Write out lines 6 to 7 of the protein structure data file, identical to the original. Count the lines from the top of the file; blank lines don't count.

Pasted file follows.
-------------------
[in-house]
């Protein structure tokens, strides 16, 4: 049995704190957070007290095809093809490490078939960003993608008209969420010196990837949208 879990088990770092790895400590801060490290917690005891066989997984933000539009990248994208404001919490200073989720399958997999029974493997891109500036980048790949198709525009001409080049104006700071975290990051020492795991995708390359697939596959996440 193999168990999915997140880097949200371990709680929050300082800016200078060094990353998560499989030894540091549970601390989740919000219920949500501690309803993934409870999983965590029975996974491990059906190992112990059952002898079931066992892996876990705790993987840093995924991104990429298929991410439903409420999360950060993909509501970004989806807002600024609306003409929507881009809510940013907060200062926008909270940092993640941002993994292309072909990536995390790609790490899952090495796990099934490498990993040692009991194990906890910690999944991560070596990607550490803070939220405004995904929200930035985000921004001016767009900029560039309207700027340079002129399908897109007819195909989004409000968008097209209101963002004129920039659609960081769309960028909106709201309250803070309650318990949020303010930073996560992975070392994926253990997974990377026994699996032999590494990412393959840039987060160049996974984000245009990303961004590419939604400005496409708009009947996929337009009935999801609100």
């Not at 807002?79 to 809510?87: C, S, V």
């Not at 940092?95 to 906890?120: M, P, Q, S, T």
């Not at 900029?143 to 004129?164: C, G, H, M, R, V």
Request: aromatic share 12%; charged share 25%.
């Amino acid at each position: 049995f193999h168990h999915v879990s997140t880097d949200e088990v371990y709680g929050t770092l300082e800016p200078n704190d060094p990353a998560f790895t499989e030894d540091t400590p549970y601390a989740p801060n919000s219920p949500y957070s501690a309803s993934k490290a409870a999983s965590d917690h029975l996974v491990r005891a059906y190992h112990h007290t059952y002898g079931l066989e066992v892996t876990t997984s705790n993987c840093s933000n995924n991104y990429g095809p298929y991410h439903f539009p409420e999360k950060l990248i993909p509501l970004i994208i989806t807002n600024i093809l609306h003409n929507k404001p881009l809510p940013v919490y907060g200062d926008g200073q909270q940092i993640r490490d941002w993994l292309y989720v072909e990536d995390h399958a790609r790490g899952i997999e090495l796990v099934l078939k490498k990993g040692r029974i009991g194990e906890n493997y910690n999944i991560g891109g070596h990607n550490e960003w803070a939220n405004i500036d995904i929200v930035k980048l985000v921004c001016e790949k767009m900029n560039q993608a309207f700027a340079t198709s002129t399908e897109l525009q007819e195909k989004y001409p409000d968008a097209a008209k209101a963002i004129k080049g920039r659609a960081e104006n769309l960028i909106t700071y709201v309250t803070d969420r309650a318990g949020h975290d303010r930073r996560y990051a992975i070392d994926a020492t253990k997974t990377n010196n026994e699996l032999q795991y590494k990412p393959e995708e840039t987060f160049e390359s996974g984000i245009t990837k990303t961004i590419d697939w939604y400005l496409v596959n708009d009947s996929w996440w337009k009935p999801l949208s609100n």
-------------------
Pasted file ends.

Request: aromatic share 12%; charged share 25%.
């Amino acid at each position: 049995f193999h168990h999915v879990s997140t880097d949200e088990v371990y709680g929050t770092l300082e800016p200078n704190d060094p990353a998560f790895t499989e030894d540091t400590p549970y601390a989740p801060n919000s219920p949500y957070s501690a309803s993934k490290a409870a999983s965590d917690h029975l996974v491990r005891a059906y190992h112990h007290t059952y002898g079931l066989e066992v892996t876990t997984s705790n993987c840093s933000n995924n991104y990429g095809p298929y991410h439903f539009p409420e999360k950060l990248i993909p509501l970004i994208i989806t807002n600024i093809l609306h003409n929507k404001p881009l809510p940013v919490y907060g200062d926008g200073q909270q940092i993640r490490d941002w993994l292309y989720v072909e990536d995390h399958a790609r790490g899952i997999e090495l796990v099934l078939k490498k990993g040692r029974i009991g194990e906890n493997y910690n999944i991560g891109g070596h990607n550490e960003w803070a939220n405004i500036d995904i929200v930035k980048l985000v921004c001016e790949k767009m900029n560039q993608a309207f700027a340079t198709s002129t399908e897109l525009q007819e195909k989004y001409p409000d968008a097209a008209k209101a963002i004129k080049g920039r659609a960081e104006n769309l960028i909106t700071y709201v309250t803070d969420r309650a318990g949020h975290d303010r930073r996560y990051a992975i070392d994926a020492t253990k997974t990377n010196n026994e699996l032999q795991y590494k990412p393959e995708e840039t987060f160049e390359s996974g984000i245009t990837k990303t961004i590419d697939w939604y400005l496409v596959n708009d009947s996929w996440w337009k009935p999801l949208s609100n």